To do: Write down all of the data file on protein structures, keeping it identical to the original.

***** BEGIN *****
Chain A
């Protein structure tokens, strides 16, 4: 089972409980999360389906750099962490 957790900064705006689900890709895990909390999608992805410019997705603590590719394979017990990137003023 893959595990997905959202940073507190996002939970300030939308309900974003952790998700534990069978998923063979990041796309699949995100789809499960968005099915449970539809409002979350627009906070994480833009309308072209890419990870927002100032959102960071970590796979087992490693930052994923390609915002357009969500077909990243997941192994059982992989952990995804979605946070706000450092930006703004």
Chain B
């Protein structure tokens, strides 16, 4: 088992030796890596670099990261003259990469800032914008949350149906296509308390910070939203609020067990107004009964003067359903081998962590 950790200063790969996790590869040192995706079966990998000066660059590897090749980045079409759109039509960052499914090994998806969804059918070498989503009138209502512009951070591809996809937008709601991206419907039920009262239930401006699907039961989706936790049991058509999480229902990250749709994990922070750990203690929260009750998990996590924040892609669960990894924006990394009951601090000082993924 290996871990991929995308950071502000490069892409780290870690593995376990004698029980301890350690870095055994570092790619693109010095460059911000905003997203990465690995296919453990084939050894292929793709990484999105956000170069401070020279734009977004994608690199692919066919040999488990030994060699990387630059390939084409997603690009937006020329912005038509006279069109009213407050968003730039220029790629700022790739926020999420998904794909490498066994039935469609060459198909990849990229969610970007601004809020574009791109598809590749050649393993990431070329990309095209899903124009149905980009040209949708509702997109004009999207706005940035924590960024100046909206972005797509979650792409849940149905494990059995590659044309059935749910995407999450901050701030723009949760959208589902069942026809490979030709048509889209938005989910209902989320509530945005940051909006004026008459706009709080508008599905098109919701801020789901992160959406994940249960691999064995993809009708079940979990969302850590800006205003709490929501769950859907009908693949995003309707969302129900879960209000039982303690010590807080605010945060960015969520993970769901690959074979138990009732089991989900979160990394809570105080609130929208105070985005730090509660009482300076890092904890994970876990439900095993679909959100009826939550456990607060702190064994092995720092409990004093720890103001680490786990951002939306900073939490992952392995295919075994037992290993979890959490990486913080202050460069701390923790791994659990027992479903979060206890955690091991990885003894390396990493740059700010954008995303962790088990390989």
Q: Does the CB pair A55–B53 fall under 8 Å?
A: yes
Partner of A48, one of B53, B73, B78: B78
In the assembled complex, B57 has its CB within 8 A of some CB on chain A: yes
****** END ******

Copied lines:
Chain A
């Protein structure tokens, strides 16, 4: 089972409980999360389906750099962490 957790900064705006689900890709895990909390999608992805410019997705603590590719394979017990990137003023 893959595990997905959202940073507190996002939970300030939308309900974003952790998700534990069978998923063979990041796309699949995100789809499960968005099915449970539809409002979350627009906070994480833009309308072209890419990870927002100032959102960071970590796979087992490693930052994923390609915002357009969500077909990243997941192994059982992989952990995804979605946070706000450092930006703004």
Chain B
């Protein structure tokens, strides 16, 4: 088992030796890596670099990261003259990469800032914008949350149906296509308390910070939203609020067990107004009964003067359903081998962590 950790200063790969996790590869040192995706079966990998000066660059590897090749980045079409759109039509960052499914090994998806969804059918070498989503009138209502512009951070591809996809937008709601991206419907039920009262239930401006699907039961989706936790049991058509999480229902990250749709994990922070750990203690929260009750998990996590924040892609669960990894924006990394009951601090000082993924 290996871990991929995308950071502000490069892409780290870690593995376990004698029980301890350690870095055994570092790619693109010095460059911000905003997203990465690995296919453990084939050894292929793709990484999105956000170069401070020279734009977004994608690199692919066919040999488990030994060699990387630059390939084409997603690009937006020329912005038509006279069109009213407050968003730039220029790629700022790739926020999420998904794909490498066994039935469609060459198909990849990229969610970007601004809020574009791109598809590749050649393993990431070329990309095209899903124009149905980009040209949708509702997109004009999207706005940035924590960024100046909206972005797509979650792409849940149905494990059995590659044309059935749910995407999450901050701030723009949760959208589902069942026809490979030709048509889209938005989910209902989320509530945005940051909006004026008459706009709080508008599905098109919701801020789901992160959406994940249960691999064995993809009708079940979990969302850590800006205003709490929501769950859907009908693949995003309707969302129900879960209000039982303690010590807080605010945060960015969520993970769901690959074979138990009732089991989900979160990394809570105080609130929208105070985005730090509660009482300076890092904890994970876990439900095993679909959100009826939550456990607060702190064994092995720092409990004093720890103001680490786990951002939306900073939490992952392995295919075994037992290993979890959490990486913080202050460069701390923790791994659990027992479903979060206890955690091991990885003894390396990493740059700010954008995303962790088990390989």
Q: Does the CB pair A55–B53 fall under 8 Å?
A: yes
Partner of A48, one of B53, B73, B78: B78
In the assembled complex, B57 has its CB within 8 A of some CB on chain A: yes